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MycoPhen: Linking mycorrhizal network phenology to above- and belowground plant phenology and environmental factors

Active Dates 9/1/2022-8/31/2025
Program Area Environmental Systems Science
Project Description
Mycorrhizal networks and fine roots together represent a critical link between aboveground plant nutrient and water demands and belowground resources. However, the patterns and processes underlying the growth of mycorrhizal networks in soil, their relationships to whole-plant phenology, and their responses to environmental factors are largely unknown. Models are therefore strongly limited in their ability to represent current and predict future productivity in terrestrial ecosystems. To overcome these limitations, studies are needed that can identify the timing and drivers of mycorrhizal network phenology together with the closely related phenology of their plant hosts.

In this project we will address three objectives: 1) identify changes in the growth, abundance, and composition of mycorrhizal fungal networks across the growing season and their responses to stress, ephemeral soil resources, or transient environmental factors; 2) determine the coordination of mycorrhizal network phenology with whole-plant phenology and ecophysiology; and 3) improve the ability of models to represent the timing and magnitude of fine-root and mycorrhizal network growth. To address these objectives, new data regarding mycorrhizal network phenology and composition will be linked with observations of leaf, stem, and fine-root phenology in mature, monospecific forestry plots at The Morton Arboretum (Lisle, IL, USA). These will then be used to guide and parameterize ongoing development of the E3SM Land Model (ELM) in collaboration with colleagues at Oak Ridge National Laboratory.

 This project leverages existing resources at The Morton Arboretum, where 23 plots have been instrumented for repeated, long-term measurements of above- and belowground phenology. Our platform includes minirhizotrons to capture fine-root phenology and aspects of fungal phenology, digital dendrometers for stem-wood growth, phenocams for leaf/canopy phenology, sap flow sensors for whole-tree water movement, and continuous monitoring of abiotic soil and weather conditions. We propose to further augment a subset of 10 plots where we will increase the frequency of our minirhizotron imaging and incorporate repeated sampling of fungal abundance and communities in bulk soil to identify seasonal and short-term fluctuations in mycorrhizal network biomass based on qPCR and community composition using high-throughput sequencing (HTS). The instrumented plots capture a diverse suite of host plants that allow us to experimentally compare patterns and responses of mycorrhizal networks for multiple model-relevant plant functional groupings including deciduous and evergreen species, gymnosperm and angiosperm species, as well as species that dominantly associate with either of the two main mycorrhizal types, arbuscular and ectomycorrhizal fungi.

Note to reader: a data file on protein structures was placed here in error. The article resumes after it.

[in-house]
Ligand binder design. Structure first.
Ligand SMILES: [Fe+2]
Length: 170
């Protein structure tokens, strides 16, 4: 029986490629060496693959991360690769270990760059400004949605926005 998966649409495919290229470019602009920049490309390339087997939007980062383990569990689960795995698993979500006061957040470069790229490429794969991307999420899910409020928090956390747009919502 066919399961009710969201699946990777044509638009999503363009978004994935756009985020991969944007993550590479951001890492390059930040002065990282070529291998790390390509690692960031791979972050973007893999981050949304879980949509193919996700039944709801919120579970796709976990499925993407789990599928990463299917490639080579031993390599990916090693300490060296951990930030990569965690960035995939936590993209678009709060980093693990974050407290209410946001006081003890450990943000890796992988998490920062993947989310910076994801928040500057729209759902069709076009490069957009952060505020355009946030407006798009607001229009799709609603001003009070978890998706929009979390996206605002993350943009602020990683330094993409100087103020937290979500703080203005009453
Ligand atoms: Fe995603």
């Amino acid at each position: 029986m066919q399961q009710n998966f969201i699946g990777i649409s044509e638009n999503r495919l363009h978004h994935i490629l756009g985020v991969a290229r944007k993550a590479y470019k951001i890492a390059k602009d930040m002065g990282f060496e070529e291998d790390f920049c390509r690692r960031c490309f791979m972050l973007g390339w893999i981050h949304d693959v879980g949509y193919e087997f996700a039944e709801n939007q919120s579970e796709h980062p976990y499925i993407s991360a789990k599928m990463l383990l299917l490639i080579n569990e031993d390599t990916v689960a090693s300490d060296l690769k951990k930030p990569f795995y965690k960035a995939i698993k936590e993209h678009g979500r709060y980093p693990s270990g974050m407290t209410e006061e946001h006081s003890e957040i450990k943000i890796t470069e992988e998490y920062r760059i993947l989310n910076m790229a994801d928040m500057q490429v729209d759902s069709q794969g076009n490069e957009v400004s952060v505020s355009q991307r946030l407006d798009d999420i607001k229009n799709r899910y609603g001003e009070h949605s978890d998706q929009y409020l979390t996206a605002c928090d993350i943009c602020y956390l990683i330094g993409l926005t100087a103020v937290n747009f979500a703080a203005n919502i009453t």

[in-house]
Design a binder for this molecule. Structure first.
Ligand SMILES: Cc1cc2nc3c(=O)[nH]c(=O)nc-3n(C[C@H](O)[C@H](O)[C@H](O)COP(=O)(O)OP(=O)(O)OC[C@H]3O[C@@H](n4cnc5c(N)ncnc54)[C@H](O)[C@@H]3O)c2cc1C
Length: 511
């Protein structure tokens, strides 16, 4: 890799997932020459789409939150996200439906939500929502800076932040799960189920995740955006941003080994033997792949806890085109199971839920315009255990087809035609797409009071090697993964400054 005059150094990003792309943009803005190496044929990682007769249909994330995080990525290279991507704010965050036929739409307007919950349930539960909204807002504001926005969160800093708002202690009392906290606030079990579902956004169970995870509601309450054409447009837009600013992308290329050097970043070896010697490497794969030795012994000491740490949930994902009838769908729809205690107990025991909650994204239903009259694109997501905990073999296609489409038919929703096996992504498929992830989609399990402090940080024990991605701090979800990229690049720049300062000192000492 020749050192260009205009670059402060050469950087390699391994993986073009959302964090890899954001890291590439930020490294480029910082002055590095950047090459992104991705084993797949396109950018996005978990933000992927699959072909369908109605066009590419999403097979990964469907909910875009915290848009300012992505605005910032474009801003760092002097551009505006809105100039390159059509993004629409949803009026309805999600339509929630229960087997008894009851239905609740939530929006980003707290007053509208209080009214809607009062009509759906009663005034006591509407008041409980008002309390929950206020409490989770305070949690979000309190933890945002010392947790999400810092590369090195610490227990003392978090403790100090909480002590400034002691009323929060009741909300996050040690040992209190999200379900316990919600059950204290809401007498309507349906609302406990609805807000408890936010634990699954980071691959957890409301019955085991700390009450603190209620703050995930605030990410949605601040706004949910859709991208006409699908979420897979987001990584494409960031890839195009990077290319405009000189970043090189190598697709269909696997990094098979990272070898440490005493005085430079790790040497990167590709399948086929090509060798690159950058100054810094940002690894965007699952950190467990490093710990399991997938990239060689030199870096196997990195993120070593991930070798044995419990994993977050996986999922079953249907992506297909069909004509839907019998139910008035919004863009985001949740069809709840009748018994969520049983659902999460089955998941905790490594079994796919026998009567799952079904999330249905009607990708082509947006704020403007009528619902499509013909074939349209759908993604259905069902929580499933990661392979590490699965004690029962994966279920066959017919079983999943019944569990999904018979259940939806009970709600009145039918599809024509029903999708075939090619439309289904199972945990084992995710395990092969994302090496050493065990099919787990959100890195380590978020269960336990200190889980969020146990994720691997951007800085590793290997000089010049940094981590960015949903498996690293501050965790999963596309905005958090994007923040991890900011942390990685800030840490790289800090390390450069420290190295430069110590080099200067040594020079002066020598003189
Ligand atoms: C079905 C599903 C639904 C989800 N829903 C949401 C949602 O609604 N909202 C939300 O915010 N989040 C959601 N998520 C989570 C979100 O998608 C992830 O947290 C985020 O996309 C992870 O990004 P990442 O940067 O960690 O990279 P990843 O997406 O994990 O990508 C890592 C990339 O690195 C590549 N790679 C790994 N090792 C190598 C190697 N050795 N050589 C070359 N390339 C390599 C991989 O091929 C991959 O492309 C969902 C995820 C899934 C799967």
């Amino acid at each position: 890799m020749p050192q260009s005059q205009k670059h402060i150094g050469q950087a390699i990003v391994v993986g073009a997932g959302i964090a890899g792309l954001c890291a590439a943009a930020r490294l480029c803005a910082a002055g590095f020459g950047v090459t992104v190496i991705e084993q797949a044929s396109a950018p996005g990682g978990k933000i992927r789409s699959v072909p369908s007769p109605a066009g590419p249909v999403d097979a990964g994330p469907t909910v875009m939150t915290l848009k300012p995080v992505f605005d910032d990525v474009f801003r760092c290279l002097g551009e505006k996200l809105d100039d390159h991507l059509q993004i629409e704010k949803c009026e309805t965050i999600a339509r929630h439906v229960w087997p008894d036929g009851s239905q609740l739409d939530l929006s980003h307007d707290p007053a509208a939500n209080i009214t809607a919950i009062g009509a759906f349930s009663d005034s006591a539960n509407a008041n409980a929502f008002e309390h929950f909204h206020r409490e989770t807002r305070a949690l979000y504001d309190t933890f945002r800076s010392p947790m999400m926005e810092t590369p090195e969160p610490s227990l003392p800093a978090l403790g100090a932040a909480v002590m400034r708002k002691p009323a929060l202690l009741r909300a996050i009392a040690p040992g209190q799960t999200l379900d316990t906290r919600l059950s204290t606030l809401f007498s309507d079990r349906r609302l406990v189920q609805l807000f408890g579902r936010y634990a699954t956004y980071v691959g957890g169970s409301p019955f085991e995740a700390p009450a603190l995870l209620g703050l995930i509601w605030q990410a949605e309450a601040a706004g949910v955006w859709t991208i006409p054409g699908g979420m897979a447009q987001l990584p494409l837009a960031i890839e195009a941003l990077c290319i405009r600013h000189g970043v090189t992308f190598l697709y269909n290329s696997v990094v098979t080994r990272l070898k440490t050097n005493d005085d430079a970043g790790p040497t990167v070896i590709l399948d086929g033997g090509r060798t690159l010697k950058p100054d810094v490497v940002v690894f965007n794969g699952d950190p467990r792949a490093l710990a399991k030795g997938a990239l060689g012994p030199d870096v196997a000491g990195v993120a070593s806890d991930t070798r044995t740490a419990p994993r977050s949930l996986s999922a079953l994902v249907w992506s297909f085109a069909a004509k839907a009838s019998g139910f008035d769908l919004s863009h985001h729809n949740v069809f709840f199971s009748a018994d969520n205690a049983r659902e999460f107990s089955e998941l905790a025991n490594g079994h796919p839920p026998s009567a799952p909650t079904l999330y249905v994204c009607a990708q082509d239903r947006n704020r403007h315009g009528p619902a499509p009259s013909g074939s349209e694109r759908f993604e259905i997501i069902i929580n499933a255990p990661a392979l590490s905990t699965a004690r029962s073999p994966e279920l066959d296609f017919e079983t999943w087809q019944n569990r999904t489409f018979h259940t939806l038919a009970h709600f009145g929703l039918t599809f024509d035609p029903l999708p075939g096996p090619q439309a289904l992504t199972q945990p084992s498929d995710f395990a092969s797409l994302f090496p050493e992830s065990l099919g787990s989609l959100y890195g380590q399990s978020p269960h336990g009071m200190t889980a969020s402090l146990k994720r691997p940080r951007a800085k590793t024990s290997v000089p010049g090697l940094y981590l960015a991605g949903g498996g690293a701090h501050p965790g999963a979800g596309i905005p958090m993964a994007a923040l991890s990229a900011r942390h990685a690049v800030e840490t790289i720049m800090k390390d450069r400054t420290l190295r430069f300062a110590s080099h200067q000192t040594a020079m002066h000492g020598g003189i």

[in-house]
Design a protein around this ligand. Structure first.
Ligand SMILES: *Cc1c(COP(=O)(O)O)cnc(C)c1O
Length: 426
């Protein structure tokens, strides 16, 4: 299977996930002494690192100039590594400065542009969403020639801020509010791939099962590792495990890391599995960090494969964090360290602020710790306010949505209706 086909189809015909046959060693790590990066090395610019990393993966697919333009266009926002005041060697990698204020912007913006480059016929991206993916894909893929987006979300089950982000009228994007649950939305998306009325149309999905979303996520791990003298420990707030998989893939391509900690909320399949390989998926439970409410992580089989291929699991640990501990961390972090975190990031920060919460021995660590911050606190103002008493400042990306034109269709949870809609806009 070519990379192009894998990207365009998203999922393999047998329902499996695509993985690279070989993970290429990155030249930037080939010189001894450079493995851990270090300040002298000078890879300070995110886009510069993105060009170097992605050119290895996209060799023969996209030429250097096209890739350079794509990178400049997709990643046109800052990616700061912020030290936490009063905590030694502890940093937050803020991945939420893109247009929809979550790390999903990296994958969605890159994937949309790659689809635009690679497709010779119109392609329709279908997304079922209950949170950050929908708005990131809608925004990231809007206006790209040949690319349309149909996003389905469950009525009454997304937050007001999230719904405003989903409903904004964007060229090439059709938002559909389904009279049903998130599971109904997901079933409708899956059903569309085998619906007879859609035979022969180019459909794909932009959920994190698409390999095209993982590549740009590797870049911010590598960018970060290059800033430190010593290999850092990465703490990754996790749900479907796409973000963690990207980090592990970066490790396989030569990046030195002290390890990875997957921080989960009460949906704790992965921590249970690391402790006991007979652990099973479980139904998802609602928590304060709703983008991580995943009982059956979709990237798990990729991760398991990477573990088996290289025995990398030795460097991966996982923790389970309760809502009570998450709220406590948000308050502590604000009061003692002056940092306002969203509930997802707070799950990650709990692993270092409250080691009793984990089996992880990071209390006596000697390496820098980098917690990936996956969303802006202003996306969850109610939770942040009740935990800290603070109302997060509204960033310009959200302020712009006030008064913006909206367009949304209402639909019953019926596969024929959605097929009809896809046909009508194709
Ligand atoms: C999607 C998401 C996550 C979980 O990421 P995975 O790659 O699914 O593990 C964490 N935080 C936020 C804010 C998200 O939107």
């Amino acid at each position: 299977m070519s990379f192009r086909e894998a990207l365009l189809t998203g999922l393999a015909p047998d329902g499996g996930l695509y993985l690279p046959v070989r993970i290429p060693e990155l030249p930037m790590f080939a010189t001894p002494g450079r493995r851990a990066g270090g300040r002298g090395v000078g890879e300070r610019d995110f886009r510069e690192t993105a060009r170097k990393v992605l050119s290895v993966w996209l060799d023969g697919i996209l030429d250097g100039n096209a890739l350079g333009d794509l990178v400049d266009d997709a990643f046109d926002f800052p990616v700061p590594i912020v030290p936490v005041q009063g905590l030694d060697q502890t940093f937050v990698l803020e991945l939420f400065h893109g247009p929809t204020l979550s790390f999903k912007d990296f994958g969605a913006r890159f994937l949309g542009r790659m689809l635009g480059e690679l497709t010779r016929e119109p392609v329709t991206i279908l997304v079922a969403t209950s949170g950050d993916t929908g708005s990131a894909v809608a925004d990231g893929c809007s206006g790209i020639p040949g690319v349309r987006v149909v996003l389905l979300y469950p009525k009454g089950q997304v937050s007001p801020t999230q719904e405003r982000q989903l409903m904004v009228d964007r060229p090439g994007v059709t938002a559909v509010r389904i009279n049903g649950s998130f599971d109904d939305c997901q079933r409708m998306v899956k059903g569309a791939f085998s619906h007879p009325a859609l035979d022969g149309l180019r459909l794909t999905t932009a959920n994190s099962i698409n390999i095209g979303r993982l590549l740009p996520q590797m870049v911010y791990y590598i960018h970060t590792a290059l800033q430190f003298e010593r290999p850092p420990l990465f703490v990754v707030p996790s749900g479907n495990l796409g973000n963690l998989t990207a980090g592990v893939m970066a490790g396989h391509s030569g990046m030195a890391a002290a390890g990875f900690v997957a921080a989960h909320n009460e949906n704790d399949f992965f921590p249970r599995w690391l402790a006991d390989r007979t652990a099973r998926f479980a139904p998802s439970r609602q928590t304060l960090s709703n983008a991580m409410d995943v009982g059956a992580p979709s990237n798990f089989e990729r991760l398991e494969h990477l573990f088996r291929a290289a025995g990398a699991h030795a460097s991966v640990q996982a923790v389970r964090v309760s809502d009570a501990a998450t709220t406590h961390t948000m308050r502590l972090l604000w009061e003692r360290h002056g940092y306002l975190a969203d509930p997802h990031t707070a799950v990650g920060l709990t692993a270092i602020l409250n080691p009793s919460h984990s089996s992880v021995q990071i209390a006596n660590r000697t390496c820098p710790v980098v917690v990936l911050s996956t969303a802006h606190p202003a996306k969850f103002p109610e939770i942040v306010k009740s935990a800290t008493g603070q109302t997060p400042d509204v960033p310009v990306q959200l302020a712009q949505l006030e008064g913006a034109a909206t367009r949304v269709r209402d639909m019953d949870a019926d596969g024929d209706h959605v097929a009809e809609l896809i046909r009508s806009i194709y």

Our long-term observations and repeated sampling of mycorrhizal fungal networks across the growing season will allow us to quantify patterns of fungal growth and biomass across the season and determine how fungal species dominance within these networks shifts across the growing season and in response to the environment. These results would represent a substantial advance in our understanding of mycorrhizal network functioning in terrestrial systems. Furthermore, the combination of our novel data characterizing mycorrhizal network growth in conjunction with measurements of whole-plant phenology across diverse host tree species gives us the capacity to address fundamental questions regarding coupled above- and belowground ecosystem processes in a transformative manner. Our collaborative work updating representations of belowground processes in ELM also provides an immediate opportunity where our findings can be used to improve predictions of earth’s responses to future climate change and environmental variability in the coming decades.
Award Recipient(s)
  • The Morton Arboretum (PI: McCormack, MichaelLuke)